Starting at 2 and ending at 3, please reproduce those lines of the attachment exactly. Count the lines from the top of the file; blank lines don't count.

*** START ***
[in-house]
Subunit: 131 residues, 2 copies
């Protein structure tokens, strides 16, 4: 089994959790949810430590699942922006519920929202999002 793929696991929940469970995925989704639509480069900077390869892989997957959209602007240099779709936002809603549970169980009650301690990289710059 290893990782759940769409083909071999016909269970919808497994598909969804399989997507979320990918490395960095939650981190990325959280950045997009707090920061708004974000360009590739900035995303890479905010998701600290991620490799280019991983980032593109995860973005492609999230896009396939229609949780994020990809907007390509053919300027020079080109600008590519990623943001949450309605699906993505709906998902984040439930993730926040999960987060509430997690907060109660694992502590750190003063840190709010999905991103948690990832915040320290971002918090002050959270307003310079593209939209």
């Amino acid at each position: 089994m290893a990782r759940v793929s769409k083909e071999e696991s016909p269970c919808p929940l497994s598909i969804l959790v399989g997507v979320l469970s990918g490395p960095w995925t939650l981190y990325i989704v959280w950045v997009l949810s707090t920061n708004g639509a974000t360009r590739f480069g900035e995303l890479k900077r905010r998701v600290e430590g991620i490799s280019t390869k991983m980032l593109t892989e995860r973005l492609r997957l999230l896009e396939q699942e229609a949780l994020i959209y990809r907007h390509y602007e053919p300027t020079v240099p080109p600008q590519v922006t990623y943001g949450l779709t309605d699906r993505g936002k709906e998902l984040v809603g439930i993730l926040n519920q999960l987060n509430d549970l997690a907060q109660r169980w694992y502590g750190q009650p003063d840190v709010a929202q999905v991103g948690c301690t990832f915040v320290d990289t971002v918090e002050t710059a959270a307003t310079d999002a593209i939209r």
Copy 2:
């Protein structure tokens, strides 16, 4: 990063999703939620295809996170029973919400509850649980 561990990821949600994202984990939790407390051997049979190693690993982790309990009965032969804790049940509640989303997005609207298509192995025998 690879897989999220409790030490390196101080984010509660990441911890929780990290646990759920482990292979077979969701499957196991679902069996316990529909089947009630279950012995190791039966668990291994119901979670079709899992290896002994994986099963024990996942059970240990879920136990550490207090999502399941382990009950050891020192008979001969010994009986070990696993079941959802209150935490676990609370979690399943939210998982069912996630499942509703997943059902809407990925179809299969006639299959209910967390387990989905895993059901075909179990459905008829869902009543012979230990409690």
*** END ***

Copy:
Subunit: 131 residues, 2 copies
């Protein structure tokens, strides 16, 4: 089994959790949810430590699942922006519920929202999002 793929696991929940469970995925989704639509480069900077390869892989997957959209602007240099779709936002809603549970169980009650301690990289710059 290893990782759940769409083909071999016909269970919808497994598909969804399989997507979320990918490395960095939650981190990325959280950045997009707090920061708004974000360009590739900035995303890479905010998701600290991620490799280019991983980032593109995860973005492609999230896009396939229609949780994020990809907007390509053919300027020079080109600008590519990623943001949450309605699906993505709906998902984040439930993730926040999960987060509430997690907060109660694992502590750190003063840190709010999905991103948690990832915040320290971002918090002050959270307003310079593209939209």